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Parthenolide attenuated bleomycin-induced pulmonary fibrosis via the NF-κB/Snail signaling pathway

  • 1,
  • 1, 2,
  • 1, 2,
  • 1, 2,
  • 2,
  • 2 and
  • 1, 2Email author
Contributed equally
Respiratory Research201819:111

https://doi.org/10.1186/s12931-018-0806-z

  • Received: 16 January 2018
  • Accepted: 6 May 2018
  • Published:

Abstract

Background

Parthenolide (PTL) is a natural molecule isolated from Tanacetum parthenium that exhibits excellent anti-inflammatory and antitumor activities. Pulmonary fibrosis (PF), especially idiopathic pulmonary fibrosis (IPF), is a chronic lung disease that lacks a proven effective therapy. The present study evaluated the therapeutic effect of PTL on PF.

Methods

Serum-starved primary lung fibroblasts and HFL1 cells were treated with different doses of PTL, and cell viability and the migration rate were measured. Western blot analysis and a dual-luciferase assay were used to analyze the epithelial–mesenchymal transition (EMT)-related transcription factors influenced by PTL treatment in A549 cells and primary lung epithelial cells. Mice with bleomycin (BLM)-induced pulmonary fibrosis were treated with different doses of intragastric PTL, and pathological changes were evaluated using Hematoxylin-eosin (H&E) staining and immunohistochemical analysis.

Results

Our results demonstrated that PTL reduced the cell viability and migration rate of lung fibroblasts and inhibited the expression of EMT-related transcription factors in lung epithelial cells. In vivo studies demonstrated that PTL attenuated BLM-induced pulmonary fibrosis and improved the body weight and pathological changes of BLM-treated mice. We further demonstrated that PTL attenuated BLM-induced PF primarily via inhibition of the NF-κB/Snail signaling pathway.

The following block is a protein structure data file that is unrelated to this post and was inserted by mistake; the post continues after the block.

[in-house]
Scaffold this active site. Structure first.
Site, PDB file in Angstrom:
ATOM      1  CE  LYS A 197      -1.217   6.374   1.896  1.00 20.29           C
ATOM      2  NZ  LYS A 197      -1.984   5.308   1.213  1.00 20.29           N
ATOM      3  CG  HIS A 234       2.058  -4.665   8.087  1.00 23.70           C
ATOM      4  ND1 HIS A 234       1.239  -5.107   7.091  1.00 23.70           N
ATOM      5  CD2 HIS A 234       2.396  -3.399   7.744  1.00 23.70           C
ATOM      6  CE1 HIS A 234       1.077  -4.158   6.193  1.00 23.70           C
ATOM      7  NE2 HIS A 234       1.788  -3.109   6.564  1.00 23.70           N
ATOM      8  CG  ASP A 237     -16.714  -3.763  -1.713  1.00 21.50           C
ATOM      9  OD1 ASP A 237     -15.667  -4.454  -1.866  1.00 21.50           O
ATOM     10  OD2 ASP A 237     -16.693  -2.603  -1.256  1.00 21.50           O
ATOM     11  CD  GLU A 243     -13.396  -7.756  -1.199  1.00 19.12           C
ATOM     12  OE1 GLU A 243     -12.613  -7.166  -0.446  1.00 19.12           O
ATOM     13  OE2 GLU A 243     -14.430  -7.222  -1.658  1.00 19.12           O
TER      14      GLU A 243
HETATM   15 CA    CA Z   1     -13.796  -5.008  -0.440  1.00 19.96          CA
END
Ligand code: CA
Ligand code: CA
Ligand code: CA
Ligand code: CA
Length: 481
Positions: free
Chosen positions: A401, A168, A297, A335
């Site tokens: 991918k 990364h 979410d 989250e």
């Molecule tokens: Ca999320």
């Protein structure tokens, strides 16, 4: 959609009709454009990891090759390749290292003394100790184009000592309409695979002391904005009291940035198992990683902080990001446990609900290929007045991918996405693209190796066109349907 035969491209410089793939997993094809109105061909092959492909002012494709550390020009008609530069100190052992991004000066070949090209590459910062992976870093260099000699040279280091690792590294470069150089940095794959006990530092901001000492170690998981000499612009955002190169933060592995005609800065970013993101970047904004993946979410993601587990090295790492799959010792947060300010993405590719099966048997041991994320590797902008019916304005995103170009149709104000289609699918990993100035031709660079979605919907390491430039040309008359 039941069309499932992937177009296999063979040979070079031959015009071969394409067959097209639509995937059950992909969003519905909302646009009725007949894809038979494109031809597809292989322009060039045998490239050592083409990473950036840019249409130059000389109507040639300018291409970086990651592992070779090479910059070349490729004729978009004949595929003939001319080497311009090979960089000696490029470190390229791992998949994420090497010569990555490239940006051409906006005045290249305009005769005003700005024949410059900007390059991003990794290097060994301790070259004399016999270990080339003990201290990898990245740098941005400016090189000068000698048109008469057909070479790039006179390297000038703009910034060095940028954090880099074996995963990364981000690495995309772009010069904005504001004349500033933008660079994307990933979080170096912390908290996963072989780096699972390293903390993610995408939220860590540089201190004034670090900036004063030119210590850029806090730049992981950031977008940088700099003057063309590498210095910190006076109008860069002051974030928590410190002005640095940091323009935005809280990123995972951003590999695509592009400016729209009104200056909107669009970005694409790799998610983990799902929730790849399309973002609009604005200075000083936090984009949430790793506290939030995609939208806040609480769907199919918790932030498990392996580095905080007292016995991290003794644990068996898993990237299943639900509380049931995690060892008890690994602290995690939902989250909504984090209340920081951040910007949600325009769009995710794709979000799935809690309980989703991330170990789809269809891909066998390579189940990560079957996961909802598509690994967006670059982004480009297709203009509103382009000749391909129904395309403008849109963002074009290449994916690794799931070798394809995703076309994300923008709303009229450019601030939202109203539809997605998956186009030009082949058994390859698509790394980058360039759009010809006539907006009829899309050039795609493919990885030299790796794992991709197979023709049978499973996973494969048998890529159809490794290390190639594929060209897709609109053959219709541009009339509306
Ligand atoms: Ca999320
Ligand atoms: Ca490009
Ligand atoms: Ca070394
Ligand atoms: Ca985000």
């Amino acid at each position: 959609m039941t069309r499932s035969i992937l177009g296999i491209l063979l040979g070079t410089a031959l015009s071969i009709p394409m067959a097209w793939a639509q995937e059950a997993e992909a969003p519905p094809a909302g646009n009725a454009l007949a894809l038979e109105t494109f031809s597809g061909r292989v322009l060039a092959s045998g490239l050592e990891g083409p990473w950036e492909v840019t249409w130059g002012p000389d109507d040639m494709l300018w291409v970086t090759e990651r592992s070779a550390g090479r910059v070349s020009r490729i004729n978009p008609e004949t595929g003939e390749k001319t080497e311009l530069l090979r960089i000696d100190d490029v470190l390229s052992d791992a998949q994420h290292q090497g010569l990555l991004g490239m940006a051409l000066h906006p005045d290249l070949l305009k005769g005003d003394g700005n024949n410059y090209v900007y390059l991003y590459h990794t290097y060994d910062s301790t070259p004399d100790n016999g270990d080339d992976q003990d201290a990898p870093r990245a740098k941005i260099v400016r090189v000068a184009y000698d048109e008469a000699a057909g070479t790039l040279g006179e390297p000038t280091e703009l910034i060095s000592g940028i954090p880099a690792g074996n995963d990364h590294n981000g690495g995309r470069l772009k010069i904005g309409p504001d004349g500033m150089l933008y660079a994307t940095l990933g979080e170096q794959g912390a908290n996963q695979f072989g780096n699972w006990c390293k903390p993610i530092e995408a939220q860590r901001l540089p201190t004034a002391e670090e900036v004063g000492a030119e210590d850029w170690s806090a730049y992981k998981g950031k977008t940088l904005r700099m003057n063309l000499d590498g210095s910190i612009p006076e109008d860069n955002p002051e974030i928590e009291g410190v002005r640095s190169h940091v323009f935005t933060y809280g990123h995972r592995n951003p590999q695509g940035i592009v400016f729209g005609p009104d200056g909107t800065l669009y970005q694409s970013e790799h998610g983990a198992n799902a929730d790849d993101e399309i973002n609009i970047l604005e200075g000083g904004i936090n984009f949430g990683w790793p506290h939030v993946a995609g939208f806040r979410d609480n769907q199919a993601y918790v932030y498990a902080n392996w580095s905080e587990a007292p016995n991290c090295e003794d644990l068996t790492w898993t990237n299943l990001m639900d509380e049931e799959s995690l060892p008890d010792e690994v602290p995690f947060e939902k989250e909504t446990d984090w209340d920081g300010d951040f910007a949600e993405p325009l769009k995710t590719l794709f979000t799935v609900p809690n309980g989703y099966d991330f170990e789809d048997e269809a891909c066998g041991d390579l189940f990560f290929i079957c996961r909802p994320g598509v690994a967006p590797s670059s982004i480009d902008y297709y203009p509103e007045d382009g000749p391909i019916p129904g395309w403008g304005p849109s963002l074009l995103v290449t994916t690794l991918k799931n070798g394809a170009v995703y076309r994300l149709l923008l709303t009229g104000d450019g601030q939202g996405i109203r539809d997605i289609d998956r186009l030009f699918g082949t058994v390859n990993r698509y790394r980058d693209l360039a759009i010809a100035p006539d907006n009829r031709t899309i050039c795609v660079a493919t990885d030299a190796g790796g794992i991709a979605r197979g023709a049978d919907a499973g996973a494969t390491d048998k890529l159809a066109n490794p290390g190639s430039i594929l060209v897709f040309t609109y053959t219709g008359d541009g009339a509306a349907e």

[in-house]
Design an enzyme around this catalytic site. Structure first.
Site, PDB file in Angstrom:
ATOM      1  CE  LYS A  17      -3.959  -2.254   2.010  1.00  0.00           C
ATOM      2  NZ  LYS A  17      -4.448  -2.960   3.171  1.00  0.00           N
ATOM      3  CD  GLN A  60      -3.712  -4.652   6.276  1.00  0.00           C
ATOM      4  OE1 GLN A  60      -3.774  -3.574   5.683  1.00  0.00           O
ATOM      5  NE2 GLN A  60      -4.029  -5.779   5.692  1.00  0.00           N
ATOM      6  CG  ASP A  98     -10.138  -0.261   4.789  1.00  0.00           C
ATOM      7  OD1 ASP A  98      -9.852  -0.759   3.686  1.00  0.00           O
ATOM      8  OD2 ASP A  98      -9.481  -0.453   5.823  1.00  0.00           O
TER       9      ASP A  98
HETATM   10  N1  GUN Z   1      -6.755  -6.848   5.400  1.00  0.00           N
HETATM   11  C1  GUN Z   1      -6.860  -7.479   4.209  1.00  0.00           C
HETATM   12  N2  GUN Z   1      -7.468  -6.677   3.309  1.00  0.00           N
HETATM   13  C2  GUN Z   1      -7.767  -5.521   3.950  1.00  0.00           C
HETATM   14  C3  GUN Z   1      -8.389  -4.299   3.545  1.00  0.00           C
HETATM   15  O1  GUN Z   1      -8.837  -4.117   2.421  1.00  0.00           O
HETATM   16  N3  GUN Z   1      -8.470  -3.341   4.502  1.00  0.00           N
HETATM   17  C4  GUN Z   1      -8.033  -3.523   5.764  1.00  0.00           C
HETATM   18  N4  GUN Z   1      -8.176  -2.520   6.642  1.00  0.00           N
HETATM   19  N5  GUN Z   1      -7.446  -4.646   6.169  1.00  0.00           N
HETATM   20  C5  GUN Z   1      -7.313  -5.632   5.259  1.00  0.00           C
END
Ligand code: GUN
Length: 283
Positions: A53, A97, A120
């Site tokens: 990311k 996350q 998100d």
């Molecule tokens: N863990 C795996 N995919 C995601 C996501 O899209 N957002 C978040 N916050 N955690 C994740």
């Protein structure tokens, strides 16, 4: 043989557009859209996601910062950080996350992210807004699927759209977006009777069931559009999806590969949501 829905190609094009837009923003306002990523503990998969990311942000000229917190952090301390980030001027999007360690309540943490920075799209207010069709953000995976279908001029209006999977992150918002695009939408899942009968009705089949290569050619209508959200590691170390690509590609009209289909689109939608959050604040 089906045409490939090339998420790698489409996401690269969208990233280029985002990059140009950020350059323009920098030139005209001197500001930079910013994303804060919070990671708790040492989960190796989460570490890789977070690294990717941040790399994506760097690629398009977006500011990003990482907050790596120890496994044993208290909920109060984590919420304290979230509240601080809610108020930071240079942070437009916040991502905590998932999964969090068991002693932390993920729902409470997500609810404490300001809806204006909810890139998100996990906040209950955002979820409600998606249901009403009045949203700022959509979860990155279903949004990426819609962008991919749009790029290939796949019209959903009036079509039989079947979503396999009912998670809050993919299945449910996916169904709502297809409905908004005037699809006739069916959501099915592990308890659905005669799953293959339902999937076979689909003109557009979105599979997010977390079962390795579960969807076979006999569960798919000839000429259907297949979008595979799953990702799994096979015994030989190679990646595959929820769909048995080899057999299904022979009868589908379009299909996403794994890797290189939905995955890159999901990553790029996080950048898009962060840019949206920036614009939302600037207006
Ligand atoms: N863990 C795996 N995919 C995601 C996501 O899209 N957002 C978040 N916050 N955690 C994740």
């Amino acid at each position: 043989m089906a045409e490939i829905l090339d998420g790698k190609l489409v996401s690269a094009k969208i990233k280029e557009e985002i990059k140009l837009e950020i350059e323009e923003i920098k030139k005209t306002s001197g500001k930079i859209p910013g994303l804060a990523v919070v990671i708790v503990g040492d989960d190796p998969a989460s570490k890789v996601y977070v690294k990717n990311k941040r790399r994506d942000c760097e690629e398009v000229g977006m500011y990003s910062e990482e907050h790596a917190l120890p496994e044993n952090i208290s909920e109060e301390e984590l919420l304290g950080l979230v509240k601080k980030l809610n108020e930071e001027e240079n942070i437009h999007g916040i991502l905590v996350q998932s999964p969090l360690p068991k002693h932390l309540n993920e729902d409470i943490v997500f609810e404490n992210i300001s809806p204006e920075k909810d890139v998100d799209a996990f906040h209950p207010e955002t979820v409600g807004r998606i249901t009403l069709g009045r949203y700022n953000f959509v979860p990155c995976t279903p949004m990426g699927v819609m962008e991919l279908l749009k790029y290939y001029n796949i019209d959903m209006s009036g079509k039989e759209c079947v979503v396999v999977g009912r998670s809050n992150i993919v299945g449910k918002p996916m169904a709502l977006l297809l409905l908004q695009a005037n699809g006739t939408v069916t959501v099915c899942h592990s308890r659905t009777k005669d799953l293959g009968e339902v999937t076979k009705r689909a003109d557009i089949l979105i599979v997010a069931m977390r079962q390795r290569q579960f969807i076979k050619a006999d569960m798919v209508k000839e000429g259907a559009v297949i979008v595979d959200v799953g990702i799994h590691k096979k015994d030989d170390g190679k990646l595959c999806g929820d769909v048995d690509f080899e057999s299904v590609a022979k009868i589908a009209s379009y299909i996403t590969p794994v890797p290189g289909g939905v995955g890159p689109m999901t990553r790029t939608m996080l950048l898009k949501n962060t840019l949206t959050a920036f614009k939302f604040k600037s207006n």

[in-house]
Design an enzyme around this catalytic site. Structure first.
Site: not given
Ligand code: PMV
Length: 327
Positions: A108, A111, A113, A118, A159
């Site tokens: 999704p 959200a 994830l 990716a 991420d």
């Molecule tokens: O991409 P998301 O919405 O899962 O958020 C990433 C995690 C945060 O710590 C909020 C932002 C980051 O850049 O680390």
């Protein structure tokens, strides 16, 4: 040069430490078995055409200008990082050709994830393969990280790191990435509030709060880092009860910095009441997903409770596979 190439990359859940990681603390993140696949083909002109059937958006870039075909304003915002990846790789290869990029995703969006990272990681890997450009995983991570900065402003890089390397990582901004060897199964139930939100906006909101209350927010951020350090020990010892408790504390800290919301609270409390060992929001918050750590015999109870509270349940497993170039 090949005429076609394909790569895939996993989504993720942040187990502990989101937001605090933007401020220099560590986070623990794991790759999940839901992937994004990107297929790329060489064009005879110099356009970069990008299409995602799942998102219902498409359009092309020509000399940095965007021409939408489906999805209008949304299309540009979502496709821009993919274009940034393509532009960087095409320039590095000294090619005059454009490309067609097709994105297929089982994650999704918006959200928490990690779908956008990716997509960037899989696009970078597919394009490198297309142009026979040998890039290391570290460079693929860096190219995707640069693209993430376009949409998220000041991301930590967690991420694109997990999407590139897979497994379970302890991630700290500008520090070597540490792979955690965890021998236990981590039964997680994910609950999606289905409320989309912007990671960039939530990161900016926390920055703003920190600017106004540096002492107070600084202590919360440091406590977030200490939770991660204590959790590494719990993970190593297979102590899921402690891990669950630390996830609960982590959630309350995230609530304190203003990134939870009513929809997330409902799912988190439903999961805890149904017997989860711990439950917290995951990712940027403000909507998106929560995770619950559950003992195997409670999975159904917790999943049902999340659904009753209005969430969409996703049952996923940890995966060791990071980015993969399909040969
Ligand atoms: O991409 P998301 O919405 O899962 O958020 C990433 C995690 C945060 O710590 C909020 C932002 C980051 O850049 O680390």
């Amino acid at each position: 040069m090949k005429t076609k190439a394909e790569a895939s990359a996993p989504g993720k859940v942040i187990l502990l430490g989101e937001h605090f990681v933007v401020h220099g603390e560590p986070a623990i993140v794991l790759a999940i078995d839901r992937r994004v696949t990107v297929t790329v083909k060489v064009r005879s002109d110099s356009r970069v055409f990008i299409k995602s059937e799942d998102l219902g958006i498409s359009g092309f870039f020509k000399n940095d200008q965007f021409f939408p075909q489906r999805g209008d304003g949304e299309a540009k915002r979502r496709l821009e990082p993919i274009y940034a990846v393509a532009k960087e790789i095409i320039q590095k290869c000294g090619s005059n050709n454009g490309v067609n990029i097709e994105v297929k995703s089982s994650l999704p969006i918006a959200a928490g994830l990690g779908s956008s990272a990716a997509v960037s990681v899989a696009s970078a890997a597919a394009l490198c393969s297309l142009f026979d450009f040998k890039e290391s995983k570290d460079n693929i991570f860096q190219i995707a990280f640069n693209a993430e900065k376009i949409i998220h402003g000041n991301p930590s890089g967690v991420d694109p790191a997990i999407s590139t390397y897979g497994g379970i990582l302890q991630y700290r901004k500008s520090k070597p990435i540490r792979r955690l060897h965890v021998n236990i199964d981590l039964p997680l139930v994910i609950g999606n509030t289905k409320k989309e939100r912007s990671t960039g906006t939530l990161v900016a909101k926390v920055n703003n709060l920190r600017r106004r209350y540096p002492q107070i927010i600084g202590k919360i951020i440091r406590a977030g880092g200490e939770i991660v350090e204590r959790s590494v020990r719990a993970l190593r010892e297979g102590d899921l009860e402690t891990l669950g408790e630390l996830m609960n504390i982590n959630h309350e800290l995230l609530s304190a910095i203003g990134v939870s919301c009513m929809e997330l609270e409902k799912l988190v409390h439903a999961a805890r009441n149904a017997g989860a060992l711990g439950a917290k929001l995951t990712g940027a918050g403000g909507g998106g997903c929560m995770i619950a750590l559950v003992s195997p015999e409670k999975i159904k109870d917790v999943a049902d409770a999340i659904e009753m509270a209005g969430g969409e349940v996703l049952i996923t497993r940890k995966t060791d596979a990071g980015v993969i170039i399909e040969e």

Conclusion

These findings suggest that PTL inhibits EMT and attenuates BLM-induced PF via the NF-κB/Snail signaling pathway. PTL is a worthwhile candidate compound for pulmonary fibrosis therapy.

Keywords

  • Parthenolide
  • Pulmonary fibrosis
  • NF-κB/Snail signaling pathway

Background

Pulmonary fibrosis (PF), especially idiopathic pulmonary fibrosis (IPF), is a chronic lung disease caused by several factors. IPF exhibits a complex pathogenesis, but no effective treatment is available for IPF. The mortality rate of IPF is considerably increased in recent years, and it substantially threatens human health [1, 2]. Current treatments for IPF, such as immunosuppressants (e.g., cyclophosphamide), are limited by low their efficacy and severe side effects. The FDA recently approved two new drugs, nintedanib and pirfenidone, to treat IPF. These drugs stabilize patients’ conditions well, but they do not reverse the progression of fibrosis. Both drugs produce side effects on the liver and skin, which limits their clinical application, especially in patients with liver problems [3, 4]. Recent research demonstrated that dexamethasone (DEX) attenuated bleomycin (BLM)-induced lung fibrosis [5]. However, DEX treatment produces many side effects, such as growth retardation, hyperglycemia, hypertension, myocardial hypertrophy, gastrointestinal perforation, and neurological impairment [68]. Therefore, new drugs with improved treatment efficacy and fewer side effects are urgently needed.

IPF is easily characterized by an excessive deposition of extracellular matrix (ECM), but the pathogenesis of IPF is not clear. Several hypotheses were proposed to explain the inner mechanisms, and epithelial–mesenchymal transition (EMT) of alveolar epithelial cells (AECs) received particular attention. Nuclear factor kappa-B (NF-κB) is an essential mediator of EMT. NF-κB promotes the transcription of many inflammatory cytokines, such as tumor necrosis factor α (TNF-α), interleukin (IL) and transforming growth factor β (TGF-β), which are highly associated with the progression of IPF, especially TGF-β [911]. Therefore, it is essential to measure these factors when evaluating the drug efficacy of IPF.